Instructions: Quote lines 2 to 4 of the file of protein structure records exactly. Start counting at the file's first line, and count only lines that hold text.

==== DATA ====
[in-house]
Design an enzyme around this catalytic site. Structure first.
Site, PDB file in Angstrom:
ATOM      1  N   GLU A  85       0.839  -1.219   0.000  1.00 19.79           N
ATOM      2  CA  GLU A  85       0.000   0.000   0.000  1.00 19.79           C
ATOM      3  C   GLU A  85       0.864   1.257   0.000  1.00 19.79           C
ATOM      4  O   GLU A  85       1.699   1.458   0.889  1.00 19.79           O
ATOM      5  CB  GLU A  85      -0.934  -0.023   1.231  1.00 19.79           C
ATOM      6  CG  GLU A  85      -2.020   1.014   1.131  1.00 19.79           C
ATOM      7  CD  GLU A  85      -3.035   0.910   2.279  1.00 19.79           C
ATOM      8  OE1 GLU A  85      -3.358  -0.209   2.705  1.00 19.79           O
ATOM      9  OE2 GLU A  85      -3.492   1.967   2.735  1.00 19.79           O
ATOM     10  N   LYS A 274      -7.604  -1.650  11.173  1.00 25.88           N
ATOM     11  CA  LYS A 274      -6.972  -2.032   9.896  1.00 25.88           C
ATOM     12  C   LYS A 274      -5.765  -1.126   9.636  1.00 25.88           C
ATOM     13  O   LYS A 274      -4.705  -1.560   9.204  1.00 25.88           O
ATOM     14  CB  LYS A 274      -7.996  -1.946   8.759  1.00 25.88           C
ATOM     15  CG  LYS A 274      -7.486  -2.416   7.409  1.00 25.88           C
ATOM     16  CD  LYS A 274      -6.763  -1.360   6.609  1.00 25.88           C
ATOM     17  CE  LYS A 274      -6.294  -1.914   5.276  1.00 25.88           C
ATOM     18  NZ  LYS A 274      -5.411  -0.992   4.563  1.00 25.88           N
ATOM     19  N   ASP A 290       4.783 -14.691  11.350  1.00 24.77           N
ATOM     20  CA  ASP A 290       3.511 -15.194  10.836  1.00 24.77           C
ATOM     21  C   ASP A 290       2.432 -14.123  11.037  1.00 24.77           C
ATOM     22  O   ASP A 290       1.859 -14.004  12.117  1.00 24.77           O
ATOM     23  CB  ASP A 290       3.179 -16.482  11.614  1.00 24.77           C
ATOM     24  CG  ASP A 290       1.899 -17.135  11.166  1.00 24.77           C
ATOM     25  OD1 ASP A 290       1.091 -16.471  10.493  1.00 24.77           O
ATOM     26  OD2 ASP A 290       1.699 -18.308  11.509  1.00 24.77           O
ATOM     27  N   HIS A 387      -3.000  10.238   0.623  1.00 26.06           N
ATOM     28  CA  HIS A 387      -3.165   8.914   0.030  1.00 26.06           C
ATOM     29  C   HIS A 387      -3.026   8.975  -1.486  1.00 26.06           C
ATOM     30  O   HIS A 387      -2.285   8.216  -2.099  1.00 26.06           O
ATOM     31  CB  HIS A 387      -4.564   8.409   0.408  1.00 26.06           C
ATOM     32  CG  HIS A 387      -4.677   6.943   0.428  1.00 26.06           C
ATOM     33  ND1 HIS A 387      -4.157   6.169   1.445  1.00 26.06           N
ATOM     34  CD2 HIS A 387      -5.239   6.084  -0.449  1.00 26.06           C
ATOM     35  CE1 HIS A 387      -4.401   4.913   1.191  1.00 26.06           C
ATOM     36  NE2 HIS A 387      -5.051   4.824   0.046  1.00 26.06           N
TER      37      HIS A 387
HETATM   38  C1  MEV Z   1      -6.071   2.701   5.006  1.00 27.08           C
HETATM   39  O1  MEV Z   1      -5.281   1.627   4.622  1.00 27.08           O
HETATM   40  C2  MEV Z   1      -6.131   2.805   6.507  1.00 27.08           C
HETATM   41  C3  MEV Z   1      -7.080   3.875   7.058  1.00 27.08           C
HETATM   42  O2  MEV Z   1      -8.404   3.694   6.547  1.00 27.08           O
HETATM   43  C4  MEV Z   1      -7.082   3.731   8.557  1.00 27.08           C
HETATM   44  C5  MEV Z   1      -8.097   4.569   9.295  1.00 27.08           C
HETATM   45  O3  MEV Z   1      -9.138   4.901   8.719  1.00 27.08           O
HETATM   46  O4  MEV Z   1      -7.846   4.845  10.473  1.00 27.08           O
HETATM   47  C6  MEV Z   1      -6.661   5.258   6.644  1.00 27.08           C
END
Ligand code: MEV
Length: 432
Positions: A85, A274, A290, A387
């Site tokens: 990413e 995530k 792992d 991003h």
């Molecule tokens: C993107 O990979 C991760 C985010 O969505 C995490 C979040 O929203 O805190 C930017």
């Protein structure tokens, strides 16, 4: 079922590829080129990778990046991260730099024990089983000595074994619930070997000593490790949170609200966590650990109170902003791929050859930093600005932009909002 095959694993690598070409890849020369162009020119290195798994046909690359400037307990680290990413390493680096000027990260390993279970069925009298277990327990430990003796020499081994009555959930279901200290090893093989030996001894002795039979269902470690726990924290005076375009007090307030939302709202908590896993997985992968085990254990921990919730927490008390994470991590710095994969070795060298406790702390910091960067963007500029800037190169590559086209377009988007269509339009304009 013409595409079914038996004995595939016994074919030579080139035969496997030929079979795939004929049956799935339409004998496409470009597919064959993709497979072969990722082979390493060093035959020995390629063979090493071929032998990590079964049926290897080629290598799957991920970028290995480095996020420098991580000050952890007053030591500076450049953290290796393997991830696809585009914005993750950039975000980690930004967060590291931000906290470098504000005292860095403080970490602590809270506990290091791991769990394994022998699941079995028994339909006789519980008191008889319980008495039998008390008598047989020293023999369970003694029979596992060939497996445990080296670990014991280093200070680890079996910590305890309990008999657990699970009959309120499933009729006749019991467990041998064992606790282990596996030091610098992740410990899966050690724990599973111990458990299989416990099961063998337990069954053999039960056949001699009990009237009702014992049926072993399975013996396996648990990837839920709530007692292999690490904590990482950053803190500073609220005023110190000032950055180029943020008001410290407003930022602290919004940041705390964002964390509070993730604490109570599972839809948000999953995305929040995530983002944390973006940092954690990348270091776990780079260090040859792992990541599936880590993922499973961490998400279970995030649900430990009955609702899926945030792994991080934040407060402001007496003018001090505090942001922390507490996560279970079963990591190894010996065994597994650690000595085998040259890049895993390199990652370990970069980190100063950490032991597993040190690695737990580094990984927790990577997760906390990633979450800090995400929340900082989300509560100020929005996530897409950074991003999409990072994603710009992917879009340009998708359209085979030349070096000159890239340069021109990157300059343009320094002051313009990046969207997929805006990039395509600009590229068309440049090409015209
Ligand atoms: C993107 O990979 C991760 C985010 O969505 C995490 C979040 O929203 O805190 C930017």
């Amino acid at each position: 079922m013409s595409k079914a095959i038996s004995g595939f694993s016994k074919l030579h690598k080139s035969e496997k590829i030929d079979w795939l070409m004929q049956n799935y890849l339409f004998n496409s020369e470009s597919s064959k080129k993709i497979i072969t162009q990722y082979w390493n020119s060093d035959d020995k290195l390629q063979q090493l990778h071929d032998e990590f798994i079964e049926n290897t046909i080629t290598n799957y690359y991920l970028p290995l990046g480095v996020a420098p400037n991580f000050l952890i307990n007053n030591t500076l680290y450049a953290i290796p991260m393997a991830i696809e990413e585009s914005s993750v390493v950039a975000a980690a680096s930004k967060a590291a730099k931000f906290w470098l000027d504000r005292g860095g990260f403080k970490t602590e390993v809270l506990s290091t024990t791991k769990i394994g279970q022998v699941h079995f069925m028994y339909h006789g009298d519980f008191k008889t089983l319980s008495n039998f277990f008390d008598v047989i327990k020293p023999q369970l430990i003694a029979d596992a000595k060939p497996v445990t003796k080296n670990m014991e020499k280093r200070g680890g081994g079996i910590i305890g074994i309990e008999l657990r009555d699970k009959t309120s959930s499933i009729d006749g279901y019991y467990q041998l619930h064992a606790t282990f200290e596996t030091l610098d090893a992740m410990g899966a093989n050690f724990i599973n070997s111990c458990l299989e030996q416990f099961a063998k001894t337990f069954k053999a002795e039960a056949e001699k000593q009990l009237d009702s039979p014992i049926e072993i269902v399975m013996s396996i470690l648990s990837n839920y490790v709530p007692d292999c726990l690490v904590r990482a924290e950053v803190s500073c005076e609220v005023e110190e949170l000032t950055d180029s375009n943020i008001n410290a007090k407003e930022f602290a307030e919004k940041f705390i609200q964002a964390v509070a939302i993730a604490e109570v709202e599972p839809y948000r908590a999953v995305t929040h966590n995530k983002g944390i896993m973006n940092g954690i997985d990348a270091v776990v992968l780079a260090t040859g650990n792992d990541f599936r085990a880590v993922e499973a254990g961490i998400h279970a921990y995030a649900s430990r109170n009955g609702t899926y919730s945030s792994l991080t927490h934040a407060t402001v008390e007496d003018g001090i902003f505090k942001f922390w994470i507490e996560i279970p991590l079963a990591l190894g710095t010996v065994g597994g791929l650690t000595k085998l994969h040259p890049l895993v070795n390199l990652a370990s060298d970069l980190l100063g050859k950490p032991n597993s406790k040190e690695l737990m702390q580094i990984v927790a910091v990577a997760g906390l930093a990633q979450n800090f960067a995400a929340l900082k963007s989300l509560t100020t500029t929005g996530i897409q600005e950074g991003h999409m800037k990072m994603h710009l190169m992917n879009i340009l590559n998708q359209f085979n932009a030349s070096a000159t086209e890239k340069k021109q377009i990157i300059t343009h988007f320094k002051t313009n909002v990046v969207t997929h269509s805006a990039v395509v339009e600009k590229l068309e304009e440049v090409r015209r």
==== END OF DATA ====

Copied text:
Design an enzyme around this catalytic site. Structure first.
Site, PDB file in Angstrom:
ATOM      1  N   GLU A  85       0.839  -1.219   0.000  1.00 19.79           N